Your 20s and 30s: A Physician’s Guide to Cancer Screenings by Age

Submitted by Dr. Nitish Manning on August 31, 2020

View Blogs by Topic

Subscribe Here!

COVID-19 may have you nervous about seeking care, but cancer screenings are still vitally important.

The following is the first article in a three-part series about cancer screenings. These first appeared on our blog in 2019, but nothing has changed. During these uncertain times, early cancer detection can still save your life.

You should also visit with a primary care provider yearly and be in touch if you have any health concerns, including mental health questions. Because your health is always a priority, in-person appointments with your provider are set up with your safety in mind. Most providers also offer other options to fit your comfort level, including telephone and telehealth visits. Be sure to check-in with your doctor for any questions about how to protect yourself from COVID-19.

A young couple talking to an oncologist

In your 20s and 30s it’s easy to feel indestructible.  Whether or not you take great care of your health, there are some important cancer screening tests to be aware of.

My recommendations are below.

In Your 20's

Men/women:

  • Colon cancer screening is not indicated, but if you have concerning symptoms or positive family or genetic history, you may want to discuss with your primary care physician about early screening and/or genetic testing.

Women:

  • Cervical cancer screening: get a pap smear every three years starting in your 20s regardless of your sexual activity.
  • Breast cancer screening is not indicated, but if you have concerning symptoms or positive family or genetic history, you may want to discuss with your primary care physician about early screening and/or genetic testing.

In Your 30's

Men/women:

  • Colon cancer screening is not indicated, but if you have concerning symptoms or positive family or genetic history, you may want to discuss with your primary care physician about early screening and/or genetic testing.

Women:

  • Cervical cancer screening: pap smear and co-testing with HPV (preferred) every five years or pap smear alone every three years.  A new alternative for screening to discuss with your primary care physician is a high-risk HPV screening alone every five years.
  • Breast cancer screening is not indicated, but if you have concerning symptoms or positive family or genetic history, you may want to discuss with your primary care physician about early screening and/or genetic testing.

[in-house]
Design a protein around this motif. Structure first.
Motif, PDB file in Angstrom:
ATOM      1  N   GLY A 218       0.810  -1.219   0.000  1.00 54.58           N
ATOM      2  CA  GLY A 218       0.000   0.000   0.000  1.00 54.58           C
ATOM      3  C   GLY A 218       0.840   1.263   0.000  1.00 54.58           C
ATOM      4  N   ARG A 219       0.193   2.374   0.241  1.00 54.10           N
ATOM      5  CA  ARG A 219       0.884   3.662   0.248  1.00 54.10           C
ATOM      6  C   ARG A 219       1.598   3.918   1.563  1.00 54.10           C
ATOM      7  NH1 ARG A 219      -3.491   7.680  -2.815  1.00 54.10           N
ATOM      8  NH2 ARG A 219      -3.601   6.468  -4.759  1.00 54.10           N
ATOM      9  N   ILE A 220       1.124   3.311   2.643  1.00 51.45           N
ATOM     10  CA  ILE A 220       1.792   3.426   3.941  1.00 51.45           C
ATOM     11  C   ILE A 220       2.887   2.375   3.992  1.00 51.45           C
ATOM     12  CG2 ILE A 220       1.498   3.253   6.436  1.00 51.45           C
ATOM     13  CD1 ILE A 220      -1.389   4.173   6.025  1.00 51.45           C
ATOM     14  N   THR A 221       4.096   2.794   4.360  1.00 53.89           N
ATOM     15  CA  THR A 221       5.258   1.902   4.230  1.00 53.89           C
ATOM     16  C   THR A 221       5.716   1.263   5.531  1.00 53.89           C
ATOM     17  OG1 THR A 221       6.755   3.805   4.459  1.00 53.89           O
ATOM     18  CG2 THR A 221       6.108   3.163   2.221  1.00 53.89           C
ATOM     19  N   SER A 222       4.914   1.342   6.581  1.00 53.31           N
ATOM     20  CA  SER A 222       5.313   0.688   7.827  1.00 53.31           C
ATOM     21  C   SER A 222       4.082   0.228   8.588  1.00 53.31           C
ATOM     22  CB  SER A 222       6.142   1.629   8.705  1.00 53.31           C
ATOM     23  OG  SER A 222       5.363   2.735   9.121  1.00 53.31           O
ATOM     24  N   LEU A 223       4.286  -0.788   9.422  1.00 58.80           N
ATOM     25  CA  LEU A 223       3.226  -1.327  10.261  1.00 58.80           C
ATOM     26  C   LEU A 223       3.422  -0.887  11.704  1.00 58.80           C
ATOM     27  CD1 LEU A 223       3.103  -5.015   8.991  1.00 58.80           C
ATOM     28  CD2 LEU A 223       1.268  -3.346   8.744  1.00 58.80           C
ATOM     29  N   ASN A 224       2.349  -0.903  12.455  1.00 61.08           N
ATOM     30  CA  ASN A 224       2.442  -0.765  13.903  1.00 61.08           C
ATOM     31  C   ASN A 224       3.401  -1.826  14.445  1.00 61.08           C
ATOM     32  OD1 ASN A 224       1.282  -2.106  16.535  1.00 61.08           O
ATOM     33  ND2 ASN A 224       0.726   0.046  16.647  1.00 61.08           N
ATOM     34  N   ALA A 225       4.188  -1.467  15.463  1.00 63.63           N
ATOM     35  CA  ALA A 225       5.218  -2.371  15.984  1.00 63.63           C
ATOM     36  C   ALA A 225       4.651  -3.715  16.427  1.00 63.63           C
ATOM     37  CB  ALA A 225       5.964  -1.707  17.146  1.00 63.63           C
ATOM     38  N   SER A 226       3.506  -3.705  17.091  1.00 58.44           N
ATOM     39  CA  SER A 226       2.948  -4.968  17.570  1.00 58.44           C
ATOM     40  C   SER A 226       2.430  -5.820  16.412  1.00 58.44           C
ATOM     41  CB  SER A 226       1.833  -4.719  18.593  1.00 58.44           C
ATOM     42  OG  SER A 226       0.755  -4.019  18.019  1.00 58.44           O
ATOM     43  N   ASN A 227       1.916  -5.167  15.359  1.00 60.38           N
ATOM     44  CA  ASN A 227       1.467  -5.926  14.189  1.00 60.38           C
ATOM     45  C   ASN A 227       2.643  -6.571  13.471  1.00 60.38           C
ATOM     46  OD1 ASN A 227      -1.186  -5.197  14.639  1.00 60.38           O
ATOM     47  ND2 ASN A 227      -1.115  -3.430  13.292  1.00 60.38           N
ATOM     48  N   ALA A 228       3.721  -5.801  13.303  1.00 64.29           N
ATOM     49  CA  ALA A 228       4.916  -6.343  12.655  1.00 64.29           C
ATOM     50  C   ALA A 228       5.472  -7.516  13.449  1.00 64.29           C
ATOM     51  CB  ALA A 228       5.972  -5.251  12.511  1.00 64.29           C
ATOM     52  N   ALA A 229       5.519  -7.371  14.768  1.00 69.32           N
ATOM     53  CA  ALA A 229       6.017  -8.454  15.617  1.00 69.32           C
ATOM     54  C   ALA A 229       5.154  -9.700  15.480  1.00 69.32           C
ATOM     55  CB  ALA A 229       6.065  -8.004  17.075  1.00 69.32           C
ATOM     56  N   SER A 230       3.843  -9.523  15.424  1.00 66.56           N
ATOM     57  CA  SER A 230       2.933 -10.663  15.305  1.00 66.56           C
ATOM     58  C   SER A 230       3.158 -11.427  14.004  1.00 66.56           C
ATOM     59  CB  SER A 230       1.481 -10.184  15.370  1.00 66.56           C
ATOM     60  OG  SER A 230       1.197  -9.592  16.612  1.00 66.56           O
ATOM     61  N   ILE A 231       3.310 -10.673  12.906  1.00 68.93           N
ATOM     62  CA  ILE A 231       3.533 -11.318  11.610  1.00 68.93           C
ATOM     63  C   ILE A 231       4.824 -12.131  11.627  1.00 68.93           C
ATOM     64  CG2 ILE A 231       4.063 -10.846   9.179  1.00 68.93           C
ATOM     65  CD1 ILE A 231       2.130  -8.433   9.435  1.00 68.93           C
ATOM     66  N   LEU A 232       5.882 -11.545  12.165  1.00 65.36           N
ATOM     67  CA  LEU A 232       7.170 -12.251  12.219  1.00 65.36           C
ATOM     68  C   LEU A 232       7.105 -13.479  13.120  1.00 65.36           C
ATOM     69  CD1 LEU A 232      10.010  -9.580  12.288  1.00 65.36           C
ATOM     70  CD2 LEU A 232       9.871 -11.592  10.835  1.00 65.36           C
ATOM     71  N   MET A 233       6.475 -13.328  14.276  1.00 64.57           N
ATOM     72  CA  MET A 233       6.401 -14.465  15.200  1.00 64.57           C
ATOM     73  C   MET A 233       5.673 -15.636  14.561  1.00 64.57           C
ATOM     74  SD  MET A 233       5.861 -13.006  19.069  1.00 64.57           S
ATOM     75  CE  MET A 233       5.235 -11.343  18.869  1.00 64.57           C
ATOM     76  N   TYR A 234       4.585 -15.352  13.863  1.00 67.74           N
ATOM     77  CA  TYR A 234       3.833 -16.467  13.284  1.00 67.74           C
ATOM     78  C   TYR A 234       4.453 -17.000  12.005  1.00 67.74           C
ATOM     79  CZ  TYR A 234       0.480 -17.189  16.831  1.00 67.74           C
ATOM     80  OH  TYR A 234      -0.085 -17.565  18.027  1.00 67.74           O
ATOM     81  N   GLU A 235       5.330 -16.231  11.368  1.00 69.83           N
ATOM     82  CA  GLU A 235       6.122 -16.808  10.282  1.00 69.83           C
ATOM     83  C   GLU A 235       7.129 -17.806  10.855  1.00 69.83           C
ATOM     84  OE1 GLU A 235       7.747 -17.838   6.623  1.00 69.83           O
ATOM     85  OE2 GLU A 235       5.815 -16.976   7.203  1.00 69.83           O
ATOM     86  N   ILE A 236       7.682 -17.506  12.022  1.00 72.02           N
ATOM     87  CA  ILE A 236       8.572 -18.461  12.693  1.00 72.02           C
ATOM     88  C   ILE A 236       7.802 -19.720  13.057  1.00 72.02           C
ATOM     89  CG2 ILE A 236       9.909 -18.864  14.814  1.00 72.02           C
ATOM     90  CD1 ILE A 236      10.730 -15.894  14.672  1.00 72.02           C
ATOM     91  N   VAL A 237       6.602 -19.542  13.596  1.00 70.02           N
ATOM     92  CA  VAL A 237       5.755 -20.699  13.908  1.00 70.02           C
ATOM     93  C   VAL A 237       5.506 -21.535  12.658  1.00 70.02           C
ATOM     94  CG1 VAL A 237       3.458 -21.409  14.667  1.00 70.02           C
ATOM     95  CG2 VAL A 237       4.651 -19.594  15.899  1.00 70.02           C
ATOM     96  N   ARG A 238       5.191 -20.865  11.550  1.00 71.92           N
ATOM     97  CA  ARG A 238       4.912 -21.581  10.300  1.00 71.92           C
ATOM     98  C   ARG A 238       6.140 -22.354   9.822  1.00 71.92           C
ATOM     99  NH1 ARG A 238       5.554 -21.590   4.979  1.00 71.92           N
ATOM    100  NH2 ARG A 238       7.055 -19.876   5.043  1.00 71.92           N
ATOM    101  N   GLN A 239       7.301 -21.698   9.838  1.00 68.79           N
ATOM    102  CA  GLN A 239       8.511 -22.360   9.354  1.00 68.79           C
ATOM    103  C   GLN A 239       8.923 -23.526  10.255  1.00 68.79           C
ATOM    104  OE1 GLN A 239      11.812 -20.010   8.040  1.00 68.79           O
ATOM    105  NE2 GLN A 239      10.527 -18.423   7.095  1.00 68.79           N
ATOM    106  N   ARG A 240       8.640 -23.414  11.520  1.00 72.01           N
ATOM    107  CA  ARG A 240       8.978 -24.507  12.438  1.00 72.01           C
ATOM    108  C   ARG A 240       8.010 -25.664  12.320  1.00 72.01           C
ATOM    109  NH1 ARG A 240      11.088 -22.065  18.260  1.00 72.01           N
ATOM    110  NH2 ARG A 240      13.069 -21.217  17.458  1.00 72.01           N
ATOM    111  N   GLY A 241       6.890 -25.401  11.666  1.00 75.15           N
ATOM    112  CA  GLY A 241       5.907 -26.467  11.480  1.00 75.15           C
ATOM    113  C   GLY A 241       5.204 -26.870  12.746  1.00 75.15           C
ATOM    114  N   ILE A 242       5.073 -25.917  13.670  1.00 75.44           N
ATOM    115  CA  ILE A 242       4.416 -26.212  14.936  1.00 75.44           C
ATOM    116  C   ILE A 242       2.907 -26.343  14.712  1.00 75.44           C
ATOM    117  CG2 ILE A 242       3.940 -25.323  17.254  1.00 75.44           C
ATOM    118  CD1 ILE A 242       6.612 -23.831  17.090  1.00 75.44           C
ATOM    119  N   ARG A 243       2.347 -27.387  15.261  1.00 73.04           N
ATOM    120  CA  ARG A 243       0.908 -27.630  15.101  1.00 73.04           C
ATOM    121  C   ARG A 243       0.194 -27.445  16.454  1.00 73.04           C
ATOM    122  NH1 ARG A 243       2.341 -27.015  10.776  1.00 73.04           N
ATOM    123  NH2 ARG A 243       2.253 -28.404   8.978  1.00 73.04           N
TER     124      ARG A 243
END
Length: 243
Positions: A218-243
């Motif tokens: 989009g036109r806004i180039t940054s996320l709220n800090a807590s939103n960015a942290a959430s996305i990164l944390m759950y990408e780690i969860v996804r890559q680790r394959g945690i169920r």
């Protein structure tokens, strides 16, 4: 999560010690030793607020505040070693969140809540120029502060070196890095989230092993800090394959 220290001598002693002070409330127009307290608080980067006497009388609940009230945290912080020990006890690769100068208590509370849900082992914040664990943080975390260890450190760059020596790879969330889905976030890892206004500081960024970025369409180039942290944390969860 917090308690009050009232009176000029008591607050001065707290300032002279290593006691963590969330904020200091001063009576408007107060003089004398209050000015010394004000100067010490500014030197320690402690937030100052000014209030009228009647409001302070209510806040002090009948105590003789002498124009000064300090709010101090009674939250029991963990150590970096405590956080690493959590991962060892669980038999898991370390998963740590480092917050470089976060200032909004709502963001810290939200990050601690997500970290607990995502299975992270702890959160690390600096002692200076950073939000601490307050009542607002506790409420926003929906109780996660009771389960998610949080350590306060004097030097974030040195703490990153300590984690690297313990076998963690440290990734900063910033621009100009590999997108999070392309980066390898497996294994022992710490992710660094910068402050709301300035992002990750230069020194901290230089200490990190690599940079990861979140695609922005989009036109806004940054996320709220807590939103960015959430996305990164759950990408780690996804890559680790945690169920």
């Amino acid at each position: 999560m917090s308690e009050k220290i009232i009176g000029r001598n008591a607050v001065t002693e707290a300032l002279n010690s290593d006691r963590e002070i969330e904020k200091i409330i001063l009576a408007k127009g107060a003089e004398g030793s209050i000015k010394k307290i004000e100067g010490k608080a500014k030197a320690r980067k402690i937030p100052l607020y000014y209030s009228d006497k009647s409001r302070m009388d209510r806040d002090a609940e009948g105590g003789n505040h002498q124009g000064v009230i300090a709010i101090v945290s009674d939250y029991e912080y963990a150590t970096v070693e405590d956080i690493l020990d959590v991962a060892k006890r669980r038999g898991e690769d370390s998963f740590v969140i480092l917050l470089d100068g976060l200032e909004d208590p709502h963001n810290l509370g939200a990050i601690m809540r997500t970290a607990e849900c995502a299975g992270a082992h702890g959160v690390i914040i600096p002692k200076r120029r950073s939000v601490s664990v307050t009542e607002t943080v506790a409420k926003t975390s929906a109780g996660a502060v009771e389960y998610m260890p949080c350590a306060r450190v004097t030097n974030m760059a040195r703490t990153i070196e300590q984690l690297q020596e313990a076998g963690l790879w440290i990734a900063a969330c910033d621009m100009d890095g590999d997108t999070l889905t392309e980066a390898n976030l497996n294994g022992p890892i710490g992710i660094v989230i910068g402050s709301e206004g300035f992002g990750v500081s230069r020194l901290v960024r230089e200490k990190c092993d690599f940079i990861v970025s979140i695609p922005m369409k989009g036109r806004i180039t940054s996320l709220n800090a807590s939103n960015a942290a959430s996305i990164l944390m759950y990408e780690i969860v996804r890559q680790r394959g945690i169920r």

The following cancers do not currently have any specific recommendations or testing for screening. So no matter your age, you should discuss family history with your physician and be very aware of related symptoms:

  • Bladder cancer
  • Oral cancer
  • Ovarian or uterine cancer
    • However, pending positive family or genetic history, you may want to discuss genetic testing with your primary care physician.
  • Pancreatic cancer
    • However, pending positive family or genetic history, you may want to discuss genetic testing with your primary care physician
  • Skin cancer
    • However, an individual with skin findings, positive family history or significant risk factors may want to discuss screening with a primary care physician or dermatologist
  • Testicular cancer
  • Thyroid cancer

These are also great decades for starting healthy habits that can decrease your risk for cancer in the long-term. These behaviors include healthful eating, regular exercise and stress reduction. If you have questions about how to make these positive changes, now is the time to meet with a dietitian or an exercise trainer.

As always, no matter your age, you should be aware of any changes in your health, as well as undergo an annual check-up from a primary care physician.

This blog post is part one in a three part series. Check out cancer screenings in 40's & 50's and 60's & beyond

Dr. Nitish J. Manning is a member of Currituck Internal Medicine and Family Practice, a part of Chesapeake Regional Medical Group. She earned her medical degree from Eastern Virginia Medical School (EVMS) in Norfolk, Va., her master’s degree in medical science from the Drexel University College of Medicine in Philadelphia, Pa. and a bachelor’s degree in biology from Richard Stockton State College of New Jersey, Pomona, N.J. She completed her internship and residency at EVMS Ghent Family Medicine and served as the Geriatric Chief resident. Dr. Manning is a member of the American Academy of Family Physicians and the American College of Physicians.